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Friday, January 29, 2016

Child Trauma Documentary “Resilience” Premieres at Sundance Film Festival to Sold-Out Houses

From ACES Too High News
ACES = Adverse Childhood Experiences

By Jane Ellen Stevens
January 25, 2016



Resilience, a documentary that looks at the birth of the CDC-Kaiser Permanente Adverse Childhood Experiences (ACE) Study and how it spawned a movement across the world, premiered at the Sundance Film Festival on Friday. The first two screenings — both on Friday — were sold out.

Not bad for a film whose director, James Redford, wasn’t even planning on submitting it to the festival.

The buzz started before the festival even began. Wired.com listed Resilience as No. 2 in the 25 documentaries not to miss. WhatNotToDoc.com also singled it out. Nonfictionfilm.com did a story about the documentary. Metamoral Films director Matt Duhamel scheduled a red-carpet interview with Redford.


The night before the premiere, Indiewire published a story by Redford about “how we should measure ‘impact’ in documentaries”. And the Salt Lake Tribune featured the film in this article: Sundance documentaries tout empathy in education and child development.

(l to r) Dr. Nadine Burke Harris, who appears in Resilience; Robert Redford,
father of Resilience director James Redford; Clifford Beers Guidance Clinic
site coordinator Laura Lawrence, who appears in Resilience; Resilience
producer and director James Redford; Resilience co-producer Dana Schwartz

There’s only one sour note so far: In his review in Variety, Ben Kenigsberg didn’t think the film was very compelling. “Those who already have a keen interest in the subject would be better off racing to the New England Journal of Medicine than to a theater,” he wrote.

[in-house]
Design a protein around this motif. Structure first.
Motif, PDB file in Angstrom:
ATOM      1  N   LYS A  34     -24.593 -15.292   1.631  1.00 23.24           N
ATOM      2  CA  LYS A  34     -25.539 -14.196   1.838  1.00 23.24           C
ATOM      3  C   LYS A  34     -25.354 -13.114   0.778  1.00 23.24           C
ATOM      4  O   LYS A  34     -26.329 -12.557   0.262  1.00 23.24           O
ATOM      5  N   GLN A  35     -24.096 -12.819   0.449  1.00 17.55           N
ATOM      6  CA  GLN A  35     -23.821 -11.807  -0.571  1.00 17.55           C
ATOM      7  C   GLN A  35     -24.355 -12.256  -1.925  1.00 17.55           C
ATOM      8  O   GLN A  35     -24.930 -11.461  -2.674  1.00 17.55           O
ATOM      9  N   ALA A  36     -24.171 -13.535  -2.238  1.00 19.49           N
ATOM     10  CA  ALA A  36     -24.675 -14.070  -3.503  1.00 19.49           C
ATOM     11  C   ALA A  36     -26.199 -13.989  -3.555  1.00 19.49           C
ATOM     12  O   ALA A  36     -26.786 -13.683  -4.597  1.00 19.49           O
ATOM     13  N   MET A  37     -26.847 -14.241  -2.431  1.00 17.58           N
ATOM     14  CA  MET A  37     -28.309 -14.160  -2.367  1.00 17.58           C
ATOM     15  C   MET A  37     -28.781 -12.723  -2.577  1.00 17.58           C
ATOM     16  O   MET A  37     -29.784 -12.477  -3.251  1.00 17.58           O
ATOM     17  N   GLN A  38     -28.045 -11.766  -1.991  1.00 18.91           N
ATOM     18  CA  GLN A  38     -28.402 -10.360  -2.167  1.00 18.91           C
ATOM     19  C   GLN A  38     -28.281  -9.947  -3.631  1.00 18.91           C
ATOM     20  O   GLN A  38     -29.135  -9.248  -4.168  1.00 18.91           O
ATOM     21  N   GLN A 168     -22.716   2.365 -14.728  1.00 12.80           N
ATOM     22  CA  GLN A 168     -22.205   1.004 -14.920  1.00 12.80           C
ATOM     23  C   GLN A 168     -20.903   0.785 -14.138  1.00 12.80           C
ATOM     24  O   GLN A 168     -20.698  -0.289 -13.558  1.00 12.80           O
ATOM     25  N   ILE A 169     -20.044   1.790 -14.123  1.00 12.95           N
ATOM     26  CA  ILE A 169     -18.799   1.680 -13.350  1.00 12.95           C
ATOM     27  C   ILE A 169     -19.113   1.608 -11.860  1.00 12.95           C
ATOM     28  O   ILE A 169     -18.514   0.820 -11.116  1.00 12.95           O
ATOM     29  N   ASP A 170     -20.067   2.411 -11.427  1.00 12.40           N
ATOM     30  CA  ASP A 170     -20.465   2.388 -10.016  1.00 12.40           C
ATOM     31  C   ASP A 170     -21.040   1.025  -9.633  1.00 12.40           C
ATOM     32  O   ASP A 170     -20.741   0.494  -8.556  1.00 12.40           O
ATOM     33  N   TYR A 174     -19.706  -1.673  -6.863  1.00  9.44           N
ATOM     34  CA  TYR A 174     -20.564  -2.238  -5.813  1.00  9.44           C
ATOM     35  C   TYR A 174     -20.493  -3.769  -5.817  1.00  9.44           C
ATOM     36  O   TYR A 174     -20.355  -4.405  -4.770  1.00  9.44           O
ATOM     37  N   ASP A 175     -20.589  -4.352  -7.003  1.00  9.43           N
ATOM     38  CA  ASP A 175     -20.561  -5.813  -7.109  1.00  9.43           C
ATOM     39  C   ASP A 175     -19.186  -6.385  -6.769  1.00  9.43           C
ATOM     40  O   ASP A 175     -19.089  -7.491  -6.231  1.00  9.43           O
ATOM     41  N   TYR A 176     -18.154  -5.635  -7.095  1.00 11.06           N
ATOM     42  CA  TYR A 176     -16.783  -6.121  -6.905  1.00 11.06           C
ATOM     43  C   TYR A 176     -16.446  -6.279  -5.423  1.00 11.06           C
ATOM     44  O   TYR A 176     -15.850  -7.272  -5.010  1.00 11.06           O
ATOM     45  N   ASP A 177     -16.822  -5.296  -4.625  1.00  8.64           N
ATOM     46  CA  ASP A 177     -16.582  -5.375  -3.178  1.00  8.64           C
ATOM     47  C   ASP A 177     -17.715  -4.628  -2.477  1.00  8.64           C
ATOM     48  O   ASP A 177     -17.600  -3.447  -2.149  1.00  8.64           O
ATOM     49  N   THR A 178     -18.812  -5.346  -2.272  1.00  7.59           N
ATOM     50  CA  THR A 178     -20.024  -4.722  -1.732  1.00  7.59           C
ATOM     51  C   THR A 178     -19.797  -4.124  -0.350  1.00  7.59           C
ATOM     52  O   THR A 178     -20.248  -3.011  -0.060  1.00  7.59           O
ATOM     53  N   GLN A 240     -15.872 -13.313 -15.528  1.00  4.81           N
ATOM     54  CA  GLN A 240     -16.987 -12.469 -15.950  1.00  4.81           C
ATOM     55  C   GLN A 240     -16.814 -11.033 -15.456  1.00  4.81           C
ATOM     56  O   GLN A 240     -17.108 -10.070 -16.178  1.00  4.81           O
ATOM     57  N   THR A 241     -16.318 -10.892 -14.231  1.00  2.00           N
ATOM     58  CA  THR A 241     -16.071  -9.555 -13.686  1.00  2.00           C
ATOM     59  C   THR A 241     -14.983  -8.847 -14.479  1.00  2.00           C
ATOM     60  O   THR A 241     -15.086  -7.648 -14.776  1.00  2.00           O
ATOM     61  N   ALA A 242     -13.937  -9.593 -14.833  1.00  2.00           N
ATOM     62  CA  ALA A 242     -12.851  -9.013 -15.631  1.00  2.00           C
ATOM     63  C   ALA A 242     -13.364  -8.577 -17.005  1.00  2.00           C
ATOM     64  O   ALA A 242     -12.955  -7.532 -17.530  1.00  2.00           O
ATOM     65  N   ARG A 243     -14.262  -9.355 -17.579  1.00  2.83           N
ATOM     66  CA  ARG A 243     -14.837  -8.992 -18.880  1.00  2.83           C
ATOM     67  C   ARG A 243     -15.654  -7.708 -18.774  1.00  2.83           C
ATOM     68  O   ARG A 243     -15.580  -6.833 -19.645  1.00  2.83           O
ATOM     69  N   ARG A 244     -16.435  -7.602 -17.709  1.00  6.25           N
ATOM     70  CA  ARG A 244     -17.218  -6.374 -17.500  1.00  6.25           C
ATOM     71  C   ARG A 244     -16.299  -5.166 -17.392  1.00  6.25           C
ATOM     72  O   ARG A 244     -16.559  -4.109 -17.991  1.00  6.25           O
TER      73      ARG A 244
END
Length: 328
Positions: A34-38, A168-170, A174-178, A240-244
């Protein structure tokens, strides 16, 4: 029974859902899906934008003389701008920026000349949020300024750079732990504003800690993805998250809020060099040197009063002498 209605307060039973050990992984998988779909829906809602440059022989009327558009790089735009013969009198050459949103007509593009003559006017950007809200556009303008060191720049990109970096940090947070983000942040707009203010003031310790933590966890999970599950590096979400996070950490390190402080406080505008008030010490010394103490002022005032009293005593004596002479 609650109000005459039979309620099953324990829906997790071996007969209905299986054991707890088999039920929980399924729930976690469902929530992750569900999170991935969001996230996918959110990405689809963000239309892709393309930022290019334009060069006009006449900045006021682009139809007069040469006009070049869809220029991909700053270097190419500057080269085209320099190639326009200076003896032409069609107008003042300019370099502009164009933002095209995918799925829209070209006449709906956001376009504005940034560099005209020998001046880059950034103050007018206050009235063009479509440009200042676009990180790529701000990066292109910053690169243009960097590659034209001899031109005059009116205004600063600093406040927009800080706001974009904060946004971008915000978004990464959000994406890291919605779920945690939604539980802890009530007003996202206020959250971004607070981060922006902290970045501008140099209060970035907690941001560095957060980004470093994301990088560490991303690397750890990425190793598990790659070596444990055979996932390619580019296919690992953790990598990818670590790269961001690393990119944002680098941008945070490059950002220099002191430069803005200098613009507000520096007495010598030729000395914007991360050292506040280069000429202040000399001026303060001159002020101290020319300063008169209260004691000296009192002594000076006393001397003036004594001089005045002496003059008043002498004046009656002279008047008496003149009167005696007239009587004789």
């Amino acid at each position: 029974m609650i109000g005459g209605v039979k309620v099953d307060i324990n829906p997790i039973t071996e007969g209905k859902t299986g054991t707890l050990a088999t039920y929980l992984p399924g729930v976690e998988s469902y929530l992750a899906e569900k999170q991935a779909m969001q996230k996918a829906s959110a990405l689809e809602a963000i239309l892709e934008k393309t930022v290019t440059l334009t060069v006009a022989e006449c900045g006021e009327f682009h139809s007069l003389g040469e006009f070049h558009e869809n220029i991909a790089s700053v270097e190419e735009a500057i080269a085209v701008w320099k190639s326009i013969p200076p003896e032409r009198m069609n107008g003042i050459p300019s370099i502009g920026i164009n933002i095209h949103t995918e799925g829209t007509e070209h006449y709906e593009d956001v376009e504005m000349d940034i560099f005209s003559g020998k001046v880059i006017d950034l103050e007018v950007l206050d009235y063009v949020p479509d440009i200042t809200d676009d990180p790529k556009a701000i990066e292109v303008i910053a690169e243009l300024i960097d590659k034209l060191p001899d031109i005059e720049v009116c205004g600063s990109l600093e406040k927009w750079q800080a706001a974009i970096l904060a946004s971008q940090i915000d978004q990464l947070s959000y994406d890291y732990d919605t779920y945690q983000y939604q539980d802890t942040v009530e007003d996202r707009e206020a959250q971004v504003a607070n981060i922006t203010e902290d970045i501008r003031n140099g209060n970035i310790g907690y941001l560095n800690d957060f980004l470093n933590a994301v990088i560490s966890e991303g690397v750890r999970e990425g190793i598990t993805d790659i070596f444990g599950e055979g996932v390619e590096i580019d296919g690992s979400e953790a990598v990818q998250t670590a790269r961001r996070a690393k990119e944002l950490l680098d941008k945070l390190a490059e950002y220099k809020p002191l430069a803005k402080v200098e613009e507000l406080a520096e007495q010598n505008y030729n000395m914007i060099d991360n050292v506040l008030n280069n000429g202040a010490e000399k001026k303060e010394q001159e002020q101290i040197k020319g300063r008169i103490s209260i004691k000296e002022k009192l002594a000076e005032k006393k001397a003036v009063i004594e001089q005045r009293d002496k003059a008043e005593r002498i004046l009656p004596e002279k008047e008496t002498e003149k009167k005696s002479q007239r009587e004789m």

I’ve seen it, and I didn’t get bored for a skinny minute. I actually think that people who have a keen interest in ACES will stay glued to their seats.

In addition to the packed houses, there’s more news: According to the Hollywood Reporter, Brainstorm Media has acquired North American rights to Resilience. It also picked up Paper Tigers.

Resilience is produced by KPJR Productions. It features interviews with several leaders in the ACEs movement nationally and in communities, including Laura Lawrence and Laura Porter, and Drs. Robert Anda, Vincent Felitti, Nadine Burke Harris, Victor Carrion, Jack Shonkoff and David Johnson. The producers are Redford and Karen Pritzker. The executive producers are Pritzker and Regina K. Scully.

The documentary is the second by Redford that addresses ACEs. The first was Paper Tigers, which follows six students during a school year at Lincoln High School in Walla Walla, WA, the first trauma-informed high school in the U.S. Paper Tigers has been screening to sold-out audiences around the U.S. since it premiered at the Seattle Film Festival last year.

If you happen to be at Sundance this week, you still have a chance to see Resilience at two more screenings: one tomorrow night (Tuesday) and another on Saturday. Check out the Resilience web site to purchase tickets.


"Paper Tigers" Trailer


“Stressed brains can’t learn.” That was what Jim Sporleder, principal of a high school riddled with violence, drugs and truancy, took away from an educational presentation on Adverse Childhood Experiences in 2010. Three years later, the number of fights at Lincoln High School had gone down by 75% and the graduation rate had increased five-fold. Paper Tigers is the story of how one school made such dramatic progress, becoming a promising model for trauma-informed schools.

Join filmmaker James Redford, New York Times contributor David Bornstein, and New School for Social Research Professor of Psychology Dr. Howard Steele for a panel discussion and screening of Paper Tigers, a documentary about how addressing childhood adversity turned an entire school around—and an official selection at the Seattle International Film Festival.

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